The International Monetary Fund recently published a paper titled: Is the African Continental Free Trade Area a game changer for the continent? It’s a good question.
In 2018, member countries of the African Union (AU) took a major step towards boosting regional trade and economic integration by establishing the African Continental Free Trade Area (AfCFTA).
They agreed to eliminate tariffs on most goods, liberalise trade in key services, address non-tariff obstacles to intra-regional trade – and eventually create a continental single market with free movement of labour and capital, with the aim of improving intra-Africa trade beyond the current 20%.
The agreement is intended to open up market access and create more opportunities, particularly for small businesses and entrepreneurs, while increasing competition and sparking innovation as businesses move across borders with less difficulty.
In the modern era, an initiative like this can also promote digital, financial and social inclusion. For all the benefits to be realised, the agreement will have to be properly implemented with all measures in place. Unfortunately, history has shown us that the AU seldom fulfils its continental regional integration commitments, as seen in the cases of the Abuja Treaty and the Tripartite Free Trade Agreement (TFTA). These agreements were not fully implemented as intended by the founding objectives.
By April 2019, the AfCFTA had been ratified by 22 countries. It is likely to take effect this year, although negotiations on specific features of the agreement are ongoing. Once operational, the AfCFTA will establish a market of 1.2 billion people with a combined GDP of US$2.5 trillion, becoming an economic game changer for the continent.
It could be a game changer …
But I have my doubts, not only linked to the infrastructural challenges on the continent, but because of the implementation of grand plans like AfCFTA. Besides infrastructure, there are other challenges to overcome, and these should be addressed before the launch of the operational phase on July 7 2019.
The agreement that establishes AfCFTA is still missing key annexes or documents for the operational phase to be implementable, particularly for goods trade. The two most crucial annexes that are still missing are schedules of tariff concessions and rules of origin.
Without tariff concessions, for example, it is not clear how any country that has signed, ratified and submitted instruments of ratification will benefit after the launch. The reason is that there will be no schedule at respective borders to indicate the preferential tariffs that the country must receive, or how to deal with goods that are suspected to originate from outside of the African continent (or any non-signatory of AfCFTA).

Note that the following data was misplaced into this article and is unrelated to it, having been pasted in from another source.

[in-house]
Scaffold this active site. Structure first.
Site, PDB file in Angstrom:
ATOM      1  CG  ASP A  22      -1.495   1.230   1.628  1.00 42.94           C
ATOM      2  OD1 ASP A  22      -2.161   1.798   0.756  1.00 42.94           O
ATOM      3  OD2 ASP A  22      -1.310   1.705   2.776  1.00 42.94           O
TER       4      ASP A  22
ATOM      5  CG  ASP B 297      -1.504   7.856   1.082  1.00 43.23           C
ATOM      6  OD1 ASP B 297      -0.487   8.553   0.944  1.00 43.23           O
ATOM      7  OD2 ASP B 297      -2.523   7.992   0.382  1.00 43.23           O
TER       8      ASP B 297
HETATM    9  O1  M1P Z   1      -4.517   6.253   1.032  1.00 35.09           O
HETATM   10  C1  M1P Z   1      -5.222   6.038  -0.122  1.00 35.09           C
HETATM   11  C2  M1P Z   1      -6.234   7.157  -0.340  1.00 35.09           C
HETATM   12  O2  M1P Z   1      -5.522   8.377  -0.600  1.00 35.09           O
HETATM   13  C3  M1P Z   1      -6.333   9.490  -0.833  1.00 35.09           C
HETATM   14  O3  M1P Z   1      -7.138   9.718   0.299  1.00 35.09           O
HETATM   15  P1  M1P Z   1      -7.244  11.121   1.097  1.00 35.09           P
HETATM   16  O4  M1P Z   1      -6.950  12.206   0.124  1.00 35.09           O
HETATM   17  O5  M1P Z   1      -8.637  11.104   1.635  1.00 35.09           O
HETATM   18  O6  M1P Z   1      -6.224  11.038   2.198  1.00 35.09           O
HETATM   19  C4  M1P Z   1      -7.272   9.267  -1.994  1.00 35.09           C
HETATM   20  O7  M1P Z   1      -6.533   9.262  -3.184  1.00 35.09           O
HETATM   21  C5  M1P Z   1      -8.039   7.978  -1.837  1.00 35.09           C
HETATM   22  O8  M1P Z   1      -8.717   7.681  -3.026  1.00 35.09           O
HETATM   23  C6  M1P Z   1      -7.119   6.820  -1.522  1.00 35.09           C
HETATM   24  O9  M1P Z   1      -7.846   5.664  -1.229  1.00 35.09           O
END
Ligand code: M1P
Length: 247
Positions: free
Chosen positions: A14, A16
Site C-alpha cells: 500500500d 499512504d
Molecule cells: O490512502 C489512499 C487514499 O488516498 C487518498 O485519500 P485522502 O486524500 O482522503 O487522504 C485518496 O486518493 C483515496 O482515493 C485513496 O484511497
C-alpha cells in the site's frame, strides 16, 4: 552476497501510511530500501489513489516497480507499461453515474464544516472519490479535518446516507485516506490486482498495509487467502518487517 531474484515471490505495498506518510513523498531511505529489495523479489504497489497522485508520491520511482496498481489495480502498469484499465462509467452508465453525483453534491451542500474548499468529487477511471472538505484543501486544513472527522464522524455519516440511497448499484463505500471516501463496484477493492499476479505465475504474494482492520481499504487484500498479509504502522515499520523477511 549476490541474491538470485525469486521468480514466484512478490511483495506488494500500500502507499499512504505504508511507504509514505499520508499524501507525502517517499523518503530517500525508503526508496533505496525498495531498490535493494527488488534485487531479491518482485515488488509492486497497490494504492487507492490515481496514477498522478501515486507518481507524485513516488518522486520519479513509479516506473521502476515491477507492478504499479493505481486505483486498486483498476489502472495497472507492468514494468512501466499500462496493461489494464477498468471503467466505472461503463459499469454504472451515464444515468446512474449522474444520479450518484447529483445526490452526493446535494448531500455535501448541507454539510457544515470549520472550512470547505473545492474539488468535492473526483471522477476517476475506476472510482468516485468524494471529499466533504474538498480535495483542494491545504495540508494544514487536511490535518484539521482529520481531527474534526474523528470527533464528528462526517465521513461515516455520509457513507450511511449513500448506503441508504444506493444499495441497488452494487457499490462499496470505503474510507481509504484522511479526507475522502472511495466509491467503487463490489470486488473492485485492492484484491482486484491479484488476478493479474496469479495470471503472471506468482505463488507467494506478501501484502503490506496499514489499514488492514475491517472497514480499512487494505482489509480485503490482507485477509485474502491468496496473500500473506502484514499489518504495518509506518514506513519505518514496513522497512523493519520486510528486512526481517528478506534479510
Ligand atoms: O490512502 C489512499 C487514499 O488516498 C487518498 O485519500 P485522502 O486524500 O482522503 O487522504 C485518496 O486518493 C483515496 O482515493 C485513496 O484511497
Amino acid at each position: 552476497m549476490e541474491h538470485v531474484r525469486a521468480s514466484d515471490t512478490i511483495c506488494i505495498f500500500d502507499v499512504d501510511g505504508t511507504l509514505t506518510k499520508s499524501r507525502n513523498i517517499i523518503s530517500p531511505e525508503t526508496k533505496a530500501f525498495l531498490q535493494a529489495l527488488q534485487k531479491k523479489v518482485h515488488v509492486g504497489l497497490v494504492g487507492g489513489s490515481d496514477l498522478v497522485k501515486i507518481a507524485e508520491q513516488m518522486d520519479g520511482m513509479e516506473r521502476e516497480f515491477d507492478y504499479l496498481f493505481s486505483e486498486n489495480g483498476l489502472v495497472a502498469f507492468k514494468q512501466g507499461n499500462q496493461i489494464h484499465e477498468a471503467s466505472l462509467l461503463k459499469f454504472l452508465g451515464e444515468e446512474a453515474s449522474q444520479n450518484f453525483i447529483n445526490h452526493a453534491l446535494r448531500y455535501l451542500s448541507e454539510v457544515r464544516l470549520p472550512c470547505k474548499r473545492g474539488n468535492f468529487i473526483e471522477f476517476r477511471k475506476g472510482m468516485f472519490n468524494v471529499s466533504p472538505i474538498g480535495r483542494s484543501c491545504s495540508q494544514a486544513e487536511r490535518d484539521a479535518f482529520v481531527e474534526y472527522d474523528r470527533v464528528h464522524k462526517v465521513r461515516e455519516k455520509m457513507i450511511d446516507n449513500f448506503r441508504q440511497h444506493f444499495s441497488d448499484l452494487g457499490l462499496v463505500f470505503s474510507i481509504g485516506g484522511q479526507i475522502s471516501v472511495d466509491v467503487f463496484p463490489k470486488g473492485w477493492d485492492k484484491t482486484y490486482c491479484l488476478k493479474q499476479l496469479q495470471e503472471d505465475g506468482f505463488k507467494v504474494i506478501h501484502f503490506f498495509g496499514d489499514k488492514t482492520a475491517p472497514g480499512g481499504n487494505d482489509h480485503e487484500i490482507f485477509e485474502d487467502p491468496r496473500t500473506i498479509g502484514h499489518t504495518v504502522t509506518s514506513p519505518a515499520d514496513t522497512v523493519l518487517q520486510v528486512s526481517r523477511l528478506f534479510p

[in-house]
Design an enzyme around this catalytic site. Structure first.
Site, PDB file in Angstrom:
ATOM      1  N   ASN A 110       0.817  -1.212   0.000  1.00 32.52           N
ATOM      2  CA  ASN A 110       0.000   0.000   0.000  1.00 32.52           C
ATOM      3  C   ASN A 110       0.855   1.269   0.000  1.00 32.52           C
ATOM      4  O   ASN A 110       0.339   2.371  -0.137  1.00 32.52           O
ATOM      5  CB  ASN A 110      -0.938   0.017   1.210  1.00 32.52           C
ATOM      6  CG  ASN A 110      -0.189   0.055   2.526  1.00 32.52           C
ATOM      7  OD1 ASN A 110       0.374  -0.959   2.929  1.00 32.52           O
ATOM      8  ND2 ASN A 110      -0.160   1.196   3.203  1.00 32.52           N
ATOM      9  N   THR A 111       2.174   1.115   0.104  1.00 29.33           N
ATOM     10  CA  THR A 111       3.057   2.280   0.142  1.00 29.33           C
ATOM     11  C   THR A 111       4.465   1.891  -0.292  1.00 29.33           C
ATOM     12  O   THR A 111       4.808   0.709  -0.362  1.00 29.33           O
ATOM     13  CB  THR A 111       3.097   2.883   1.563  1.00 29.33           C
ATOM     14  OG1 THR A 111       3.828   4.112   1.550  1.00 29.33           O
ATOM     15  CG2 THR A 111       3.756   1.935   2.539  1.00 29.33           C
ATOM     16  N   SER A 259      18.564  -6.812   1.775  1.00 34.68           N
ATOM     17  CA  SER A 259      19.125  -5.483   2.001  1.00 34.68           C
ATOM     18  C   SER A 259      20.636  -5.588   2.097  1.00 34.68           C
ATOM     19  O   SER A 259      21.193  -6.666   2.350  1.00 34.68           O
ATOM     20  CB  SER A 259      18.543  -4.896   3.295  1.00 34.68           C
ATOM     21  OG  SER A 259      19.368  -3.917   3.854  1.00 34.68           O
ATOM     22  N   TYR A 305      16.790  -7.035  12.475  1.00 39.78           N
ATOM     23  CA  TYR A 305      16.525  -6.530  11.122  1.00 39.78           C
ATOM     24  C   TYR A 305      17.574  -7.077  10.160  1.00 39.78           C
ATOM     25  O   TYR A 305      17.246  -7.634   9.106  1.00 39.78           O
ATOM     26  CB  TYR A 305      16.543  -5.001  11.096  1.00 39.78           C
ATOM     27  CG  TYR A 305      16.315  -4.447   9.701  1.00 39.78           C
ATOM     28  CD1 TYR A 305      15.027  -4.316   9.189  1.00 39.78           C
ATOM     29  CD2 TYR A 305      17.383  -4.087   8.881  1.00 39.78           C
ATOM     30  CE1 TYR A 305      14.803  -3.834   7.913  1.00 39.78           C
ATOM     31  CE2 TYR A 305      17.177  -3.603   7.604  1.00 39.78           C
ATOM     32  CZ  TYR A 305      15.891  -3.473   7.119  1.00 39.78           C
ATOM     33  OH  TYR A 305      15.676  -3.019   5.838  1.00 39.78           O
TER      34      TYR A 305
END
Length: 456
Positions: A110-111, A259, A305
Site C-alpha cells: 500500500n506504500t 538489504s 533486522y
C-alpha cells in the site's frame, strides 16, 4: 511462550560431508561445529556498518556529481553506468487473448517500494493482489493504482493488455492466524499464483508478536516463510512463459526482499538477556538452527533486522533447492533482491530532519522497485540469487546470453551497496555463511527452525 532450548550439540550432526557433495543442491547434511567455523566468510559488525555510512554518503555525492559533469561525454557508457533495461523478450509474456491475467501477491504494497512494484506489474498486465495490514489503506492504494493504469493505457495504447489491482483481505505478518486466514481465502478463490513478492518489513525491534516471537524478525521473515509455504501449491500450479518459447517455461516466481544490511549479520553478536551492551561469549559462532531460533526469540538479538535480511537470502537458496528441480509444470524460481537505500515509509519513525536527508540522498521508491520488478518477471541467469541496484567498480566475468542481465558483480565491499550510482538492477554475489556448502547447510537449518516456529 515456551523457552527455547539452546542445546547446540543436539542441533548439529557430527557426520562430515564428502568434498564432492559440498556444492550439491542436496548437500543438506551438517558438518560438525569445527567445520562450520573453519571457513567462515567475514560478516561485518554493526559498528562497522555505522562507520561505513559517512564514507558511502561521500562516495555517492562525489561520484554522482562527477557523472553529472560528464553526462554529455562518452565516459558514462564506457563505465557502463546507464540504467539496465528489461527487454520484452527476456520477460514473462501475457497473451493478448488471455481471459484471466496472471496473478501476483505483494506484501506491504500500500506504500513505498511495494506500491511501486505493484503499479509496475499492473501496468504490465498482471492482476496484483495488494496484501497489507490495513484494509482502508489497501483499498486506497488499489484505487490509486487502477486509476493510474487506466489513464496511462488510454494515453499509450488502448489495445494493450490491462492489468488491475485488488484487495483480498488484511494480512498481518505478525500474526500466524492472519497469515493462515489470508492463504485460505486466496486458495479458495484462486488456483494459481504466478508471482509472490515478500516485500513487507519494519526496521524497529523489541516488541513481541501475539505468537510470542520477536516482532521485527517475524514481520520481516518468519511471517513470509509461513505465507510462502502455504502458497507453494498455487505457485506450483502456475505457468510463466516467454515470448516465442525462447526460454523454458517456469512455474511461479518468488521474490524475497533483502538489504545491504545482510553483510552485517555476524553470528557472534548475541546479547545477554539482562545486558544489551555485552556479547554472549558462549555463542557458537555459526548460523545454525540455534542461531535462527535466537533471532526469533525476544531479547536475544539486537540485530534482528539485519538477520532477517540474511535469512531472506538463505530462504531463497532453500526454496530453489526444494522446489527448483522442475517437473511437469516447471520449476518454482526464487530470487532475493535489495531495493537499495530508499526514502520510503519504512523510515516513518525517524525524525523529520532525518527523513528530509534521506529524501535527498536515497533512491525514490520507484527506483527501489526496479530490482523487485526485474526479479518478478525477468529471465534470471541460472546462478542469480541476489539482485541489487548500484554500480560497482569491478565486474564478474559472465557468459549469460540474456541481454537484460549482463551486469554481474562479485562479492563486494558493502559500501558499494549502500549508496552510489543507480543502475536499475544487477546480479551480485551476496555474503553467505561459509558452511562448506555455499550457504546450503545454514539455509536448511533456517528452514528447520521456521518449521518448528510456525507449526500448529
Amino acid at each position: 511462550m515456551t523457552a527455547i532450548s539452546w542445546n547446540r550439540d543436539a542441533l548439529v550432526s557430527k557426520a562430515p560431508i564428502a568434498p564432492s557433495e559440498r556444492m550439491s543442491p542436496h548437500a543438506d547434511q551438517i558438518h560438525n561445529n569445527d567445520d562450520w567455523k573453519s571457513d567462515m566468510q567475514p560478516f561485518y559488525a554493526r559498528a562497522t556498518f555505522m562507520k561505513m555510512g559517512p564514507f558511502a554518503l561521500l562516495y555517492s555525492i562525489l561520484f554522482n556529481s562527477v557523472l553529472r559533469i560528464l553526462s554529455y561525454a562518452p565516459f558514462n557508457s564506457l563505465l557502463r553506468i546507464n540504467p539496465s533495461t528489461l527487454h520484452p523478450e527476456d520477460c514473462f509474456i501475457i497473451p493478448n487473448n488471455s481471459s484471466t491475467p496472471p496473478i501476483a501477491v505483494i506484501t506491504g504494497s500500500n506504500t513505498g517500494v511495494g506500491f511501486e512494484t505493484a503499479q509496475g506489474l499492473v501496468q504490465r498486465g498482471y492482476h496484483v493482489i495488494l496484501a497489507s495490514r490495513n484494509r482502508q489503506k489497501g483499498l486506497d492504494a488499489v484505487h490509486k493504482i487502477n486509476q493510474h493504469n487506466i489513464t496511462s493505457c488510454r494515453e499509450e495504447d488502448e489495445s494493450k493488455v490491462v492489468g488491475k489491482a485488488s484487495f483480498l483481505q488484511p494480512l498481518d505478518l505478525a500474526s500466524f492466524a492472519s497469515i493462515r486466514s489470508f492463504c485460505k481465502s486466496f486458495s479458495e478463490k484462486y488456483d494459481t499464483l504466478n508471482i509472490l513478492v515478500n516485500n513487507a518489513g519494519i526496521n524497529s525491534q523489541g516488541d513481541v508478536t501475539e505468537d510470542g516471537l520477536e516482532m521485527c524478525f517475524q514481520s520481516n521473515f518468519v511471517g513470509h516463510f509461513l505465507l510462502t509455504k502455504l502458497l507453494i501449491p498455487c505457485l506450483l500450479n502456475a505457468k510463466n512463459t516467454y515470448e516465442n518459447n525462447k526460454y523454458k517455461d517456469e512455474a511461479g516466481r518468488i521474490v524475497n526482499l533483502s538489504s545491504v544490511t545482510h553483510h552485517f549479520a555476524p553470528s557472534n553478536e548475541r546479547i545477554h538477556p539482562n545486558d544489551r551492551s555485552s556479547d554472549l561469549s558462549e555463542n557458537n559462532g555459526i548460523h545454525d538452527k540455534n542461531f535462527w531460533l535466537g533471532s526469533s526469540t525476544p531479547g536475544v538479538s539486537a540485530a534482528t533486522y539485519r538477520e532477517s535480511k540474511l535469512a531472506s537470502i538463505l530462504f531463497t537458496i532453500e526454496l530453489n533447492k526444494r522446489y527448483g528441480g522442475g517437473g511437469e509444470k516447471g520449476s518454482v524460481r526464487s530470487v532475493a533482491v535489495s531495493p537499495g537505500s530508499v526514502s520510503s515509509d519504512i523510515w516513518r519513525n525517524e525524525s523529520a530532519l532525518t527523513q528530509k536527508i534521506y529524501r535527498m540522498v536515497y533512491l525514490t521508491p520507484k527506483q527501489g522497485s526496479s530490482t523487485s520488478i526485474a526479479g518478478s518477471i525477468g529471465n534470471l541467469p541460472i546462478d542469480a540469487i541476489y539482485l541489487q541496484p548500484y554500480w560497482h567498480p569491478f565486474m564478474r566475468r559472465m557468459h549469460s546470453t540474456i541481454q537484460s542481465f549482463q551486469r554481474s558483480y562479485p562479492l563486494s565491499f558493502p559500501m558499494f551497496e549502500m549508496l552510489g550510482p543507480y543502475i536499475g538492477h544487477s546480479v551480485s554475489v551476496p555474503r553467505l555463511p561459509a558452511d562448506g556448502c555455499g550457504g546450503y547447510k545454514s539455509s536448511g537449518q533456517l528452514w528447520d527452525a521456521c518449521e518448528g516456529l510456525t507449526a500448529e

Big piece of the picture is missing
Another challenge has to do with the fact that the leading economy on the continent – Nigeria – is not part of the current agreement.
For any regional agreement to grow intra-regional trade that translates into economic development, it is important that major economies participate. Nigeria contributes more than 10% of Africa’s GDP (2017 estimates), making its participation in the agreement significant towards materialising the set goals.
On the issue of the lack of implementation of grand plans; the clear example is the tripartite agreement (TFTA) that includes 26 countries from the eastern, southern and northern African regions and was launched at the AU Summit held in Egypt in June 2015. This agreement has similar objectives – freeing up trade among its members – but AfCFTA, which has almost twice the number of countries, is bigger, more cumbersome, and a lot more complex.
What about the existing agreements?
This agreement is not mentioned in the establishment of AfCFTA, and the Abuja Treaty is barely mentioned, even though it was initially touted as the building block for the single African market.
Disappointingly, more than two years down the line, there has been limited movements in terms of implementing the TFTA. Products from the member countries still face higher tariffs and other forms of trade barriers – which again inhibits intra-Africa trade. A simple example comes in the form of South African apples, which still face a tariff of about 20% in Egypt, but zero in the European Union.
Such instances are not limited to South Africa; they apply to other African countries as well. Egypt has been participating in the Common Market for Eastern and Southern Africa (Comesa) free trade agreement since 2000, yet it still imposes tariffs of up to 18% on apples from fellow member countries. This goes against the spirit of intra-Africa trade.
Wandile Sihlobo is an agricultural economist and head of research at the Agricultural Business Chamber of South Africa (Agbiz).